To be honest, even after reading and thinking about this, I am still hesitant. Cold-calling is not a natural part of my personality nor my teaching persona, but I do want to challenge myself and try new things, even if I ultimately decide they are not well suited for me.

N-O-O Daily Reading Responses

This seems kind of odd to admit, but I run a “coercive classroom.” And there is nothing more coercive in my mind than having my students write daily reflections on assigned readings. I have little reason to think they (or anyone, really) would keep up with the readings without a regular assessment of some sort. Of course, open class discussion on the day’s readings can “peer pressure” some into regular reading habits. I’ve found, however, only a select few are consistently willing to offers their insights, while others are more content to simply listen. (Cold-calling students is a craft I have not yet mastered, but will be attempting next semester. I plan to write about it here for another post.)

There are several ways to gauge if a student has read, but many require a lot of additional effort of the instructor. One may prepare a series of comprehension questions that are handed out just previous to the assignment. These have the benefit of focusing the student’s attention, but I would argue also have the same drawback (to tell the student what they should find interesting or important). It also takes time to craft thoughtful questions that genuinely move beyond basic fact-finding. I personally tend to save good questions like this for class discussion.

Daily (or surprise) reading quizzes are another means of coercion. I’m not convinced of the value of these either, mainly because the questions have to be “easy,” allowing for the student to signal to the instructor that the reading was done even though it may not have been fully comprehended. And grading these can be surprisingly difficult, especially if the question is too easy.

So I’ve veered in another direction, pulling an idea from my time in the Writing Program. I ask my students to respond to every reading by asking the three same questions.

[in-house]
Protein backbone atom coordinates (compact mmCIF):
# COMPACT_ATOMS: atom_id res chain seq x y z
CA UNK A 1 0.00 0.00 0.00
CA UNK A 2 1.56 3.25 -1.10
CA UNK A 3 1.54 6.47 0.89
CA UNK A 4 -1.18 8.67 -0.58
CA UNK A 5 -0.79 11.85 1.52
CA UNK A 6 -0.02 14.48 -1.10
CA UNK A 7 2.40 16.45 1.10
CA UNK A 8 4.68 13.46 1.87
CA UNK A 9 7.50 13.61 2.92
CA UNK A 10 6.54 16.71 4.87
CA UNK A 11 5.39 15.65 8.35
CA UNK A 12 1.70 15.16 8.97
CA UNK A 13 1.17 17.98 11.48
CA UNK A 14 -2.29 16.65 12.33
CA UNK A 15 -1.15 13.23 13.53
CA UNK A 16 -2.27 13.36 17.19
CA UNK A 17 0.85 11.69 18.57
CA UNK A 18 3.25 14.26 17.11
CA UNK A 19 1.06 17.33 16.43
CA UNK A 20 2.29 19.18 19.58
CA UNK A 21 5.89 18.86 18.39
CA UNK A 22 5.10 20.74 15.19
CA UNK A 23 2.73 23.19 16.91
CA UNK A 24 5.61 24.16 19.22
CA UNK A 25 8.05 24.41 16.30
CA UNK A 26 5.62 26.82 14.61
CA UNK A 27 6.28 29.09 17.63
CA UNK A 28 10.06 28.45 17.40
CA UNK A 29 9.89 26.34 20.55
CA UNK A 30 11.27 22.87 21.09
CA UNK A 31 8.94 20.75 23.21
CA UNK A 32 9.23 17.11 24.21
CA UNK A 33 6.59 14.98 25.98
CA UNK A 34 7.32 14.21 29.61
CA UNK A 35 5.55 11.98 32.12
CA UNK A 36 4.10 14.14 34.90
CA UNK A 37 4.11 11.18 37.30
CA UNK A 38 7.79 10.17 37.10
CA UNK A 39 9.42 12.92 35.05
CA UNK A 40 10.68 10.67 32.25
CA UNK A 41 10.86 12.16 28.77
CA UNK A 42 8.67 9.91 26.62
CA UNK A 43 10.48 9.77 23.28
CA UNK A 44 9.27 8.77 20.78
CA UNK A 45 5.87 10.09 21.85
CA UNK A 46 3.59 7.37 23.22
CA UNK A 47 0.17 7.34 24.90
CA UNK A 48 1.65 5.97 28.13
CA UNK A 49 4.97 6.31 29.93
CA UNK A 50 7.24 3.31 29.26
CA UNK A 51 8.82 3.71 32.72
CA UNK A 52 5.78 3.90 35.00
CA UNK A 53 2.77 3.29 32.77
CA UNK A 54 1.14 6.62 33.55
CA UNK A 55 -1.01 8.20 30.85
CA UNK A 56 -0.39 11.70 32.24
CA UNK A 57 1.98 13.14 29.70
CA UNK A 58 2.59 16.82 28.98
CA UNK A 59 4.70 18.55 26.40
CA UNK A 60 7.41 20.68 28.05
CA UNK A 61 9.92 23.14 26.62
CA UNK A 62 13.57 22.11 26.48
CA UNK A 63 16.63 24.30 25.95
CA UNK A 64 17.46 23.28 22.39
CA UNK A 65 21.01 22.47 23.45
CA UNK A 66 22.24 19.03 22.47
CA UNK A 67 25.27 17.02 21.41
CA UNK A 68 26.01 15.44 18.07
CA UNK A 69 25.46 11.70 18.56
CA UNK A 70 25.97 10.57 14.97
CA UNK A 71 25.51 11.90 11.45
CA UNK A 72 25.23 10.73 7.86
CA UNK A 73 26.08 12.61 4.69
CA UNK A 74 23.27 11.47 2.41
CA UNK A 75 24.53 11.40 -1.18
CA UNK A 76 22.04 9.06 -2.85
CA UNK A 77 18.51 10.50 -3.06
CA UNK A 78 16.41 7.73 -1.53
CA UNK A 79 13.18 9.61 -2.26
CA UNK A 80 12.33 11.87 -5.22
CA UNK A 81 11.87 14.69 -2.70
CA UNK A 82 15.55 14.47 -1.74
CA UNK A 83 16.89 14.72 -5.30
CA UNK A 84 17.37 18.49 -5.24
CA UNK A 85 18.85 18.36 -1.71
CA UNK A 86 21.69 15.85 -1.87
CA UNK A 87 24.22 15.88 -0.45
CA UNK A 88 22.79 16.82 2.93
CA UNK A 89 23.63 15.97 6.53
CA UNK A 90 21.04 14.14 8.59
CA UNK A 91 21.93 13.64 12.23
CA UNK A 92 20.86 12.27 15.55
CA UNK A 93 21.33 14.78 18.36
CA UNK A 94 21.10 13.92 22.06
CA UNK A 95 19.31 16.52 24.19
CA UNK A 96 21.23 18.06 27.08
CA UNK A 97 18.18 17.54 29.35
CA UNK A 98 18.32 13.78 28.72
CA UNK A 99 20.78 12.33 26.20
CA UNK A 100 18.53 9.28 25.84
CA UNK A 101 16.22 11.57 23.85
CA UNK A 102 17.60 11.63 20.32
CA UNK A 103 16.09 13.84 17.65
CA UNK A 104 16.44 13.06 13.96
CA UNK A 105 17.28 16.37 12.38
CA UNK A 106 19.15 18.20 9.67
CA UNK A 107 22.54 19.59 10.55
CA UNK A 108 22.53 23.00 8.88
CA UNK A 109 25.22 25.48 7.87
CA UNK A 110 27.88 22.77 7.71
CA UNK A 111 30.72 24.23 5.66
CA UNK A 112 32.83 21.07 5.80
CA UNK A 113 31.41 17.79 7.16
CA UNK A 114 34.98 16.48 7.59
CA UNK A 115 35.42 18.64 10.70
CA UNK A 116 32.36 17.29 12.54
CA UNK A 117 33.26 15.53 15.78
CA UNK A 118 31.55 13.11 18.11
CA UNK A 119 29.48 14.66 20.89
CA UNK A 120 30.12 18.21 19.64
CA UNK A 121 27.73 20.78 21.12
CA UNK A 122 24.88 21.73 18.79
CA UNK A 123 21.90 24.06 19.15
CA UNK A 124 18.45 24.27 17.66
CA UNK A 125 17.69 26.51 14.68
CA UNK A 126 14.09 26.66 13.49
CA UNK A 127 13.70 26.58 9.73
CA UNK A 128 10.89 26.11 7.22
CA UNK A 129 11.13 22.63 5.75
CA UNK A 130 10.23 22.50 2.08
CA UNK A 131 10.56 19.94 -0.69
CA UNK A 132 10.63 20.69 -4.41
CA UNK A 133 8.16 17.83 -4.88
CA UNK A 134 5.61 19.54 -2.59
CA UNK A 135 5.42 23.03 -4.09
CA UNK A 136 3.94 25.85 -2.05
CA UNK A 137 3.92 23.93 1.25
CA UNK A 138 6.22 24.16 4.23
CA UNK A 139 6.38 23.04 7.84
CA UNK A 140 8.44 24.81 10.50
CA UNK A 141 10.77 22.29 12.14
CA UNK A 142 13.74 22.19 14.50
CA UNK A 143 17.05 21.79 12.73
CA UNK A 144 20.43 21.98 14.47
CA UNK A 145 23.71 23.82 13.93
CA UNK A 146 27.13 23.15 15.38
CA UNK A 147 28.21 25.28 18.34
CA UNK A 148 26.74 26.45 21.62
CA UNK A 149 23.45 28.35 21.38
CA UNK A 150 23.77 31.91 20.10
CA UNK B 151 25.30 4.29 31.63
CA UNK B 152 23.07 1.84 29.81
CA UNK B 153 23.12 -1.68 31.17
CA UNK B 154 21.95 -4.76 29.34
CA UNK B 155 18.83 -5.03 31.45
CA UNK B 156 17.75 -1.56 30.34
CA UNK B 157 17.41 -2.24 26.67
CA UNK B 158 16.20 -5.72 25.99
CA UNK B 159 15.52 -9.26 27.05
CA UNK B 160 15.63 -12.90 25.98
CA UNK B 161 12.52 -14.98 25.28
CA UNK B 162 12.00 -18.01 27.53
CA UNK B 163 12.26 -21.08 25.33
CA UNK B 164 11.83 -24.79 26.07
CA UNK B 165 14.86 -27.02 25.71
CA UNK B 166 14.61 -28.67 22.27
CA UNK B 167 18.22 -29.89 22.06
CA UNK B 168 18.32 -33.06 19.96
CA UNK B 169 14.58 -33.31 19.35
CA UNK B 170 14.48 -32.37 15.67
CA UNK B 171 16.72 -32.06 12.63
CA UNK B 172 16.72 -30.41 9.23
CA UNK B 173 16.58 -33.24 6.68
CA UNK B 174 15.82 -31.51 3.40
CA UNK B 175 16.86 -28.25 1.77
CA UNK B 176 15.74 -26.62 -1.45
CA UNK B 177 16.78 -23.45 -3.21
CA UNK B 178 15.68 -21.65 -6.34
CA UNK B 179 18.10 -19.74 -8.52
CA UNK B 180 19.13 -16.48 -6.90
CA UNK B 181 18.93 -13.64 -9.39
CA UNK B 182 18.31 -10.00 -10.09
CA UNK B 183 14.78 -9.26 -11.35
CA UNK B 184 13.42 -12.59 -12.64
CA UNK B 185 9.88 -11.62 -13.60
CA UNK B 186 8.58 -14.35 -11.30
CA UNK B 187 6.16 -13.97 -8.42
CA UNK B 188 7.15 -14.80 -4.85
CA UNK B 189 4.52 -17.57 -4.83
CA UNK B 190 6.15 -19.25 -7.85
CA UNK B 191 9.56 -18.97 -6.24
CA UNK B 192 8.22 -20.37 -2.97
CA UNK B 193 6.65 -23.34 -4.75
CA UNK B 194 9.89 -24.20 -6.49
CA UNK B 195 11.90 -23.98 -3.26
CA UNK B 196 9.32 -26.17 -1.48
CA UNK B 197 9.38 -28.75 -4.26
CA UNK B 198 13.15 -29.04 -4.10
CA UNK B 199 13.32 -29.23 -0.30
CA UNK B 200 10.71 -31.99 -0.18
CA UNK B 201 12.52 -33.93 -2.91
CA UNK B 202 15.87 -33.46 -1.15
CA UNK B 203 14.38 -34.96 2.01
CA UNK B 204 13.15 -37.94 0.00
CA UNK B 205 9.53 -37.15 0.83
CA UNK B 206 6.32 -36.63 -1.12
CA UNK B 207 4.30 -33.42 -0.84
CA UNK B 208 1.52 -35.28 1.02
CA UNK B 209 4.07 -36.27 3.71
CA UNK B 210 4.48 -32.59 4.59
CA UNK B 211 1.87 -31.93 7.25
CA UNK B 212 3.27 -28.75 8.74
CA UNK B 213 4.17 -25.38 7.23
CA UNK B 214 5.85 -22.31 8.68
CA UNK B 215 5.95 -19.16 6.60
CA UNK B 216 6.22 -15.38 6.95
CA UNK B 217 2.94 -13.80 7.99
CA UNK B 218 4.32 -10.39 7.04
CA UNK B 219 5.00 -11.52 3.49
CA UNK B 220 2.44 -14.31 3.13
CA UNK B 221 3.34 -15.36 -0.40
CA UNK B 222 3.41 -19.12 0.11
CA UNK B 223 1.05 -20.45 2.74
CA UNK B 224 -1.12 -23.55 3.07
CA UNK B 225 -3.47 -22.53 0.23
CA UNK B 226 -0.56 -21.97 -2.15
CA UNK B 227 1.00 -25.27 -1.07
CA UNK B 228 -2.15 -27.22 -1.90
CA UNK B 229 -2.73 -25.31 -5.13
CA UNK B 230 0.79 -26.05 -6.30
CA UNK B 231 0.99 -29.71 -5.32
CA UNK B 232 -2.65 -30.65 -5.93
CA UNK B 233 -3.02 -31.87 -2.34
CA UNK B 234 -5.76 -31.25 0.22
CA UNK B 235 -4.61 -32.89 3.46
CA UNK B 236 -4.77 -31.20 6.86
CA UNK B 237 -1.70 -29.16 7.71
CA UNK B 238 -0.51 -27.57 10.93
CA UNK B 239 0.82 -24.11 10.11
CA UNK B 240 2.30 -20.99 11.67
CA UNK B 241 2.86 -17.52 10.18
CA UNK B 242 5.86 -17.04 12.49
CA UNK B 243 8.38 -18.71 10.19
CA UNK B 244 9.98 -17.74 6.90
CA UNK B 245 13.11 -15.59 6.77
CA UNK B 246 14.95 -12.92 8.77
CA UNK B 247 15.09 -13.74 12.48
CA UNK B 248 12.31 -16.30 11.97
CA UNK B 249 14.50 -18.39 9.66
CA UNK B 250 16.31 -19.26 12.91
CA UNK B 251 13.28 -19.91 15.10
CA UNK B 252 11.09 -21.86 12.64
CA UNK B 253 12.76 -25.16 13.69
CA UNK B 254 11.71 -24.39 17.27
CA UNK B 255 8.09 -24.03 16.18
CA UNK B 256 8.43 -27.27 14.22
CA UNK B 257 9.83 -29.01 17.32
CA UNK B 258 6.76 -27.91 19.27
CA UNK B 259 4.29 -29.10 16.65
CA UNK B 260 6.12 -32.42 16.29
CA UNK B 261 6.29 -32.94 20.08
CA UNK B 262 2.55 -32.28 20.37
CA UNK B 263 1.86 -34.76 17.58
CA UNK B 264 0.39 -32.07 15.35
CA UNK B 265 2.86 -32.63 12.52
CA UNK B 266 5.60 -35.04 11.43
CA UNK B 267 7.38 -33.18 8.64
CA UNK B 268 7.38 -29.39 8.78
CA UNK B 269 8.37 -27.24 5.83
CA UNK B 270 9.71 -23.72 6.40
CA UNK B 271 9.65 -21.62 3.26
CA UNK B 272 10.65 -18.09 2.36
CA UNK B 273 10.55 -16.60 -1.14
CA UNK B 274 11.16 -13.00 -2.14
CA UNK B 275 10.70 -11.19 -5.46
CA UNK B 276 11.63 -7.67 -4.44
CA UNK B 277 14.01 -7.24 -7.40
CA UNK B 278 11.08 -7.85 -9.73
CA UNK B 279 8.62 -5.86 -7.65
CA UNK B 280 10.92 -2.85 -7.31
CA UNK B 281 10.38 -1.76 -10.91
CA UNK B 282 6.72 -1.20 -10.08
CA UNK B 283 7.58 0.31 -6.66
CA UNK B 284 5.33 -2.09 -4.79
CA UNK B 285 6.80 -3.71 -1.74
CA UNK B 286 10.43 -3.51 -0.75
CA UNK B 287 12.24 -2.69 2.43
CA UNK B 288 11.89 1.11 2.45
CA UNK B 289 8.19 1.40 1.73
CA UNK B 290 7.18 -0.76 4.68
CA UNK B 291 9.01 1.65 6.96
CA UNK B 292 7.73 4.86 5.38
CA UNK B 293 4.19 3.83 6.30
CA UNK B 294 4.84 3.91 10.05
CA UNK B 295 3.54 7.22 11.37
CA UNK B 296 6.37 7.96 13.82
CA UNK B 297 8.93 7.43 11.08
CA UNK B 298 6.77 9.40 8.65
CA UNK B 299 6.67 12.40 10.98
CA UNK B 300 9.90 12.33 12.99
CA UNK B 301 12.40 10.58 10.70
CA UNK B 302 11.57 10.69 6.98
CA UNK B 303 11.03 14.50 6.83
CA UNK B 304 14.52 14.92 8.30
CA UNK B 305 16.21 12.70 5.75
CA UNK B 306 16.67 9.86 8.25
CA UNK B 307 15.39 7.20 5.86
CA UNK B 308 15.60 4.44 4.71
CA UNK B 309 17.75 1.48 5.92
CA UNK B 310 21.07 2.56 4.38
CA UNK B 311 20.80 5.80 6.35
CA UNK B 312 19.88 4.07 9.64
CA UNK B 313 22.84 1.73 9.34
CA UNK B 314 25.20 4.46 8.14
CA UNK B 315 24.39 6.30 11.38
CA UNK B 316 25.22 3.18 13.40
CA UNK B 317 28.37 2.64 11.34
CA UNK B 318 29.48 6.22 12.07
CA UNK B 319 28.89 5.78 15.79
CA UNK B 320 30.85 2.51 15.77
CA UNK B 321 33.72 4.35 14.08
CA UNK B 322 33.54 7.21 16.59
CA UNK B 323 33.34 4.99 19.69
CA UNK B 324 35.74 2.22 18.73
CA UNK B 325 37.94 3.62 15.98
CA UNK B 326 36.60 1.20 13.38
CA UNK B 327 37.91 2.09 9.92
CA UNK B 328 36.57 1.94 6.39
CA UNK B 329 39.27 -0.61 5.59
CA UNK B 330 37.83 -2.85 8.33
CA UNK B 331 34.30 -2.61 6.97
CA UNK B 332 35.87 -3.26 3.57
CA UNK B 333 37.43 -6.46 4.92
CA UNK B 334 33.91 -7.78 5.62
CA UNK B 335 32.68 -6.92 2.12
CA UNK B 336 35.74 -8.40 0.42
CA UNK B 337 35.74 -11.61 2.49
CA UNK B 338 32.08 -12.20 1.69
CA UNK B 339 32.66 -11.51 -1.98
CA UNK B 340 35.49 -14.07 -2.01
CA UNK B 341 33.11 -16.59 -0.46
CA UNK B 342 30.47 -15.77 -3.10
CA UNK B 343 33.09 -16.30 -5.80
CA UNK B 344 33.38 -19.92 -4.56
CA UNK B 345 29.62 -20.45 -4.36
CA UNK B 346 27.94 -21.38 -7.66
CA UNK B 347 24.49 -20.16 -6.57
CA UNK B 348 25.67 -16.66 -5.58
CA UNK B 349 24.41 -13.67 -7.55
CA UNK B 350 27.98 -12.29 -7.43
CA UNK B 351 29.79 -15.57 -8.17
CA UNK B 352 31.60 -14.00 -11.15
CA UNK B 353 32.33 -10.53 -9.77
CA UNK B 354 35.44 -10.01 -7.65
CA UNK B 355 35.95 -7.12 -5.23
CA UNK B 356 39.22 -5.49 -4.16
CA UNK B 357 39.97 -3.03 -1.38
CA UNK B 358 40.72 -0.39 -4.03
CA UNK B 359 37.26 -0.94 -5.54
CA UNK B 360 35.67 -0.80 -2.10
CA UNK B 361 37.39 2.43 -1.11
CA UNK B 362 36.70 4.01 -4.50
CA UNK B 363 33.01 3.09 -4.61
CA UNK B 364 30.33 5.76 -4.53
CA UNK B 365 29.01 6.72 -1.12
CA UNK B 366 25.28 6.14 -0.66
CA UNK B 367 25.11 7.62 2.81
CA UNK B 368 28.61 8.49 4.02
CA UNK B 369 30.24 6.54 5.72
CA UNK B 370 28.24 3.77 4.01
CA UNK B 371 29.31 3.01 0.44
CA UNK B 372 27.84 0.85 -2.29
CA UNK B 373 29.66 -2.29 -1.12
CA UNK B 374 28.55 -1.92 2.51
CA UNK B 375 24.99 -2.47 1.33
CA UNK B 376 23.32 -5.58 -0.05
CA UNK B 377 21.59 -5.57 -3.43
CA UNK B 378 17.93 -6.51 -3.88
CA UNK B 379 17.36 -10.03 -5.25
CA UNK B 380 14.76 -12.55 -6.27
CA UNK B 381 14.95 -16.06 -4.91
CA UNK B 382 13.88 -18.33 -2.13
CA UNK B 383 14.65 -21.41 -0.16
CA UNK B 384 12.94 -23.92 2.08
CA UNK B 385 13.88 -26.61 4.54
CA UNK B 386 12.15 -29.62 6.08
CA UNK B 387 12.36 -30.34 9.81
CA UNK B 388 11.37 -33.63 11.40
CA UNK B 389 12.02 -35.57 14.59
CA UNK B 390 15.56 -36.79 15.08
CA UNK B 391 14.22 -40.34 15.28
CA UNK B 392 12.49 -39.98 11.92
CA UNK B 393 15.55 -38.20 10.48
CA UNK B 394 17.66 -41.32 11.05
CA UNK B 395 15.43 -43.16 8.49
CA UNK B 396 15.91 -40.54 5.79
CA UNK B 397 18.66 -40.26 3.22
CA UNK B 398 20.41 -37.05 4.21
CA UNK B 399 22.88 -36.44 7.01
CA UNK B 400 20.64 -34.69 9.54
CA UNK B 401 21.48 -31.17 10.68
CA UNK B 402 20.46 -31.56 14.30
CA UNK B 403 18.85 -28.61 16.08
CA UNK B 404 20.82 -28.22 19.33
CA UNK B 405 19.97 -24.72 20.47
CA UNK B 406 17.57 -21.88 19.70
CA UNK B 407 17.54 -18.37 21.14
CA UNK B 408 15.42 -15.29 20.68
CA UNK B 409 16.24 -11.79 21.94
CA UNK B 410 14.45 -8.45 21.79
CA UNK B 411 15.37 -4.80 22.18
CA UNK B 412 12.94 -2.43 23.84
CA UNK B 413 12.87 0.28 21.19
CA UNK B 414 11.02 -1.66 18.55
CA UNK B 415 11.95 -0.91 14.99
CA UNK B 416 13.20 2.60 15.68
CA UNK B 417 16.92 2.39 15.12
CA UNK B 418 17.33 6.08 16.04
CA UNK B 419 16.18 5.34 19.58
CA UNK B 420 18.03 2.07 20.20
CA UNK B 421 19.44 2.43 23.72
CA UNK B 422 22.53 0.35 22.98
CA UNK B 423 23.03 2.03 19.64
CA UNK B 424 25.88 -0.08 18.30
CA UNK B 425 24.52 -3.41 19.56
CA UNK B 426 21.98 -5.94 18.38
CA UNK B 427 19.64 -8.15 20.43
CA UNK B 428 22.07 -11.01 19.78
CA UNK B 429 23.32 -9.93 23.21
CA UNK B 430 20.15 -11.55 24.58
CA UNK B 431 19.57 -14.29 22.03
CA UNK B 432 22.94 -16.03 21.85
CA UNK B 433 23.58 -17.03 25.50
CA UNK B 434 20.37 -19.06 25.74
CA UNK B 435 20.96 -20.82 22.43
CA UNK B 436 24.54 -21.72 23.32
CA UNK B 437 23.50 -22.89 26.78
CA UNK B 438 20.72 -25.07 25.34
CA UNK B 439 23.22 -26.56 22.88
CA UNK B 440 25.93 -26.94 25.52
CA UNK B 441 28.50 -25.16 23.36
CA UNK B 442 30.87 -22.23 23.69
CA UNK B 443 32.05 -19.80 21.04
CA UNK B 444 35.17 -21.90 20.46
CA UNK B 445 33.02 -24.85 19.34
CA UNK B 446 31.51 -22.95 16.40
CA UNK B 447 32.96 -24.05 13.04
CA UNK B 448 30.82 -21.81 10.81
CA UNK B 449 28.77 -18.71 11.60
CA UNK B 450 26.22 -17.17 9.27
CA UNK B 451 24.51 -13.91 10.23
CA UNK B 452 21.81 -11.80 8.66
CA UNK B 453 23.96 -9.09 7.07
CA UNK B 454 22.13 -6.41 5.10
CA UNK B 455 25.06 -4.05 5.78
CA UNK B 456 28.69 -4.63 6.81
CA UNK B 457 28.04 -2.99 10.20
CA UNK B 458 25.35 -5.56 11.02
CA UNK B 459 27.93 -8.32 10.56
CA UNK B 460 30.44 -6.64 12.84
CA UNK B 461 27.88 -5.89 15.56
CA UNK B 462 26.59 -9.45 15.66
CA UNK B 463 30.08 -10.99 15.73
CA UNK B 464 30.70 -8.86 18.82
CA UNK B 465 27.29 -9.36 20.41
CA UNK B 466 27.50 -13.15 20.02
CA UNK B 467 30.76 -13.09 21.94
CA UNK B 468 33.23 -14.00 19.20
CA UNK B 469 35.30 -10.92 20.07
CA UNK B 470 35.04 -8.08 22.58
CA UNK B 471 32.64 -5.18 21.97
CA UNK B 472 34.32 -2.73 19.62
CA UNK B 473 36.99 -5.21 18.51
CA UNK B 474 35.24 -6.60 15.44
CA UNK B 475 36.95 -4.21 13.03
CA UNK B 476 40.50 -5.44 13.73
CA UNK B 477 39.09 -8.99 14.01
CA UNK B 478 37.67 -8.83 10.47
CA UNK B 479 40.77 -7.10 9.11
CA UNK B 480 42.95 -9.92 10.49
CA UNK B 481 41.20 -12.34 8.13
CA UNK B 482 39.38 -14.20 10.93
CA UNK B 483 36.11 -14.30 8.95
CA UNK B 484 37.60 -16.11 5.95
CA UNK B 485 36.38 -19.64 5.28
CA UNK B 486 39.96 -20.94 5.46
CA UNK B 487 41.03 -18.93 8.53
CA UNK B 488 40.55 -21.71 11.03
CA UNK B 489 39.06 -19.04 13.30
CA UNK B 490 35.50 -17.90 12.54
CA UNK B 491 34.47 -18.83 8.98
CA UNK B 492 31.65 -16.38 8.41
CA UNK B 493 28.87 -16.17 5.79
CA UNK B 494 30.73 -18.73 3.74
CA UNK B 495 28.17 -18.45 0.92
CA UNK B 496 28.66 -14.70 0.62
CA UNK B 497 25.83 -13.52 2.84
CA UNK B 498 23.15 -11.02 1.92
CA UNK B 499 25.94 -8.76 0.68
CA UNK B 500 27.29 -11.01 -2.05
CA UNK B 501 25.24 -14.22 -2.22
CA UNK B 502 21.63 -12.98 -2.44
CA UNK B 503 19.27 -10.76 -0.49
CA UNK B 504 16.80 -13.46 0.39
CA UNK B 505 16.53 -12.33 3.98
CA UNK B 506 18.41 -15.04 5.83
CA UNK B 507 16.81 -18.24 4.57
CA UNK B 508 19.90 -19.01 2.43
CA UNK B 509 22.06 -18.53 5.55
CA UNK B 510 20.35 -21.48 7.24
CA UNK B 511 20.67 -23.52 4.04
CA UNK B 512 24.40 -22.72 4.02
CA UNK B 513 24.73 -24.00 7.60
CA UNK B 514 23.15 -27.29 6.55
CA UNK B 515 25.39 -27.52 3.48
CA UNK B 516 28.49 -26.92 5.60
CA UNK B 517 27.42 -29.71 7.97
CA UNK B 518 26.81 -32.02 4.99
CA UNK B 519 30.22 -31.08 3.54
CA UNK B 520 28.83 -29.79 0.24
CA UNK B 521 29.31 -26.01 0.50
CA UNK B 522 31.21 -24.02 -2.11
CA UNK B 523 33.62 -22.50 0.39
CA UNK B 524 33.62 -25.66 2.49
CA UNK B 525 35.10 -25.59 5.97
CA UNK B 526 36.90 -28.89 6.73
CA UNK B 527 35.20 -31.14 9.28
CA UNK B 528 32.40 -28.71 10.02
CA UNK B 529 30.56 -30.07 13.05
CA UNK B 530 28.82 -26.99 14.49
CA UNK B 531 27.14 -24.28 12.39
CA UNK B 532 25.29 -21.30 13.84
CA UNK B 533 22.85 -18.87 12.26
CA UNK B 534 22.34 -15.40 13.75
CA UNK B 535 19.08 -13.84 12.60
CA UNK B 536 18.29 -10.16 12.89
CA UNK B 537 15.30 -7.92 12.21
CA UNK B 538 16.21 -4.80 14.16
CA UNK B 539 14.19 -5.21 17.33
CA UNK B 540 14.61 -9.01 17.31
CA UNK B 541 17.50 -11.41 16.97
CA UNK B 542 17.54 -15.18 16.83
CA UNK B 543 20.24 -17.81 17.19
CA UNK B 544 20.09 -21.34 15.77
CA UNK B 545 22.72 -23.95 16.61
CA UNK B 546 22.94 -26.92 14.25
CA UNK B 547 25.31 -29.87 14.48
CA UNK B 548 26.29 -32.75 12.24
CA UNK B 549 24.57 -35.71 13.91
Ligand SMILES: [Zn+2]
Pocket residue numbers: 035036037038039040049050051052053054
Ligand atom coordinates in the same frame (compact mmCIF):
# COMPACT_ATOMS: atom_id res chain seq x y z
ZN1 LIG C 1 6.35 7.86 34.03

What is New? What is old? What is odd?

New, Old, Odd, that’s it. I sometimes joking call this my N-O-O assignment. The first covers an idea they find interesting. Something they can be motivated to explore in more depth if need be. The second idea covers finding a topic they’ve seen elsewhere, or at least can create a parallel for. This allow students to build on top of old knowledge. The last concept requires them to critique an author’s point or to ask an clarifying question about a topic.

Currently I have my students post these responses on a Forum in GauchoSpace. After posting they can read other student’s posts, though I have not required them to post comments this time. My practice is to go through them shortly before class, and when I have time, to post a brief comment. Typically I will respond to their questions, but will also encourage their curiosities. Even if I do not have time to write responses, just browsing the posts will give me ample ideas of where to take my lecture and what to go over in more detail. I have hesitated to call out students by name about their (insightful) comments, but hope to make this a more common part of my practice.

I grade the reflections based on a simple “did it” or “didn’t do it” scale, though I’ve contemplated a three point scale of “outstanding,” satisfactory,” and “unsatisfactory” (plus “did’t do it”). I typically give my students a few “days off” as well.

Below are the directions I’ve used this summer (I tweak them for each class I teach).

When approaching the reading assignments for this course, I want you to pay attention to three critical aspects: what is New to you, what is Old to you, and what is Odd to you. Your written reflection for each one of these critical aspects should be at least a few sentences in length. Provide page numbers from the readings as necessary.

Below are some of the types of questions you can ask yourself for each aspect.